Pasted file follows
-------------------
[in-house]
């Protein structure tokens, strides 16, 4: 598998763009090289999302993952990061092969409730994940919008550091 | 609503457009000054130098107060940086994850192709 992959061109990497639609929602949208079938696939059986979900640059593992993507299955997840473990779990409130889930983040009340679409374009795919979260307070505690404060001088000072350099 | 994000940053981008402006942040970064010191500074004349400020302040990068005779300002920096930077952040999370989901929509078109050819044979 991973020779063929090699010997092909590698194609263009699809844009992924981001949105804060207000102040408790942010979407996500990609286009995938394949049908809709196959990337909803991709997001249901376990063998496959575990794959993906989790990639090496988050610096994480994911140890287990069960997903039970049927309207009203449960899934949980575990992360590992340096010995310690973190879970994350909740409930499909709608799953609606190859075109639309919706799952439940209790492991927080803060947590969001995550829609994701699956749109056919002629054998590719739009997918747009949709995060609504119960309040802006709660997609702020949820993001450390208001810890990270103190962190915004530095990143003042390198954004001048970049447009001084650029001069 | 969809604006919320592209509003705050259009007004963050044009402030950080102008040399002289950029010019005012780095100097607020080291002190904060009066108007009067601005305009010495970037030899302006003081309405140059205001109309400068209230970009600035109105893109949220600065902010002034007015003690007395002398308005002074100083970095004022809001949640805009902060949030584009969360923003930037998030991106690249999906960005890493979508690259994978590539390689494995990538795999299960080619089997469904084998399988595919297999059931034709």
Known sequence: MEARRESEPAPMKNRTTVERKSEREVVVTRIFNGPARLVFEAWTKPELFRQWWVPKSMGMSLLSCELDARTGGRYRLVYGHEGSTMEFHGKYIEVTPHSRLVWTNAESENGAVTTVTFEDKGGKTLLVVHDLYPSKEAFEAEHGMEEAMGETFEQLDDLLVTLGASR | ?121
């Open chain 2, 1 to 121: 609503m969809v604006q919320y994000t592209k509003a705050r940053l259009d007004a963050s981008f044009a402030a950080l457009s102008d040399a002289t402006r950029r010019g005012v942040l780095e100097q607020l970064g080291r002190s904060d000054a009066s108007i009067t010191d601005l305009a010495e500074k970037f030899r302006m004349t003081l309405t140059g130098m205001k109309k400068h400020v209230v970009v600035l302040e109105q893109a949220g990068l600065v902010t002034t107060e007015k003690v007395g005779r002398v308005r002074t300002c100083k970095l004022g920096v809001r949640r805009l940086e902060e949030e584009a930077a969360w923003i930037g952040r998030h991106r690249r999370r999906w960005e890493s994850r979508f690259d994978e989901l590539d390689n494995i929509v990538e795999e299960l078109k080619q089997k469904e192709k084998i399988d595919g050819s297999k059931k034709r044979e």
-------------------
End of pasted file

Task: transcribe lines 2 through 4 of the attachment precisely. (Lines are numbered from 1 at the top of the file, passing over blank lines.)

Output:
């Protein structure tokens, strides 16, 4: 598998763009090289999302993952990061092969409730994940919008550091 | 609503457009000054130098107060940086994850192709 992959061109990497639609929602949208079938696939059986979900640059593992993507299955997840473990779990409130889930983040009340679409374009795919979260307070505690404060001088000072350099 | 994000940053981008402006942040970064010191500074004349400020302040990068005779300002920096930077952040999370989901929509078109050819044979 991973020779063929090699010997092909590698194609263009699809844009992924981001949105804060207000102040408790942010979407996500990609286009995938394949049908809709196959990337909803991709997001249901376990063998496959575990794959993906989790990639090496988050610096994480994911140890287990069960997903039970049927309207009203449960899934949980575990992360590992340096010995310690973190879970994350909740409930499909709608799953609606190859075109639309919706799952439940209790492991927080803060947590969001995550829609994701699956749109056919002629054998590719739009997918747009949709995060609504119960309040802006709660997609702020949820993001450390208001810890990270103190962190915004530095990143003042390198954004001048970049447009001084650029001069 | 969809604006919320592209509003705050259009007004963050044009402030950080102008040399002289950029010019005012780095100097607020080291002190904060009066108007009067601005305009010495970037030899302006003081309405140059205001109309400068209230970009600035109105893109949220600065902010002034007015003690007395002398308005002074100083970095004022809001949640805009902060949030584009969360923003930037998030991106690249999906960005890493979508690259994978590539390689494995990538795999299960080619089997469904084998399988595919297999059931034709």
Known sequence: MEARRESEPAPMKNRTTVERKSEREVVVTRIFNGPARLVFEAWTKPELFRQWWVPKSMGMSLLSCELDARTGGRYRLVYGHEGSTMEFHGKYIEVTPHSRLVWTNAESENGAVTTVTFEDKGGKTLLVVHDLYPSKEAFEAEHGMEEAMGETFEQLDDLLVTLGASR | ?121
């Open chain 2, 1 to 121: 609503m969809v604006q919320y994000t592209k509003a705050r940053l259009d007004a963050s981008f044009a402030a950080l457009s102008d040399a002289t402006r950029r010019g005012v942040l780095e100097q607020l970064g080291r002190s904060d000054a009066s108007i009067t010191d601005l305009a010495e500074k970037f030899r302006m004349t003081l309405t140059g130098m205001k109309k400068h400020v209230v970009v600035l302040e109105q893109a949220g990068l600065v902010t002034t107060e007015k003690v007395g005779r002398v308005r002074t300002c100083k970095l004022g920096v809001r949640r805009l940086e902060e949030e584009a930077a969360w923003i930037g952040r998030h991106r690249r999370r999906w960005e890493s994850r979508f690259d994978e989901l590539d390689n494995i929509v990538e795999e299960l078109k080619q089997k469904e192709k084998i399988d595919g050819s297999k059931k034709r044979e």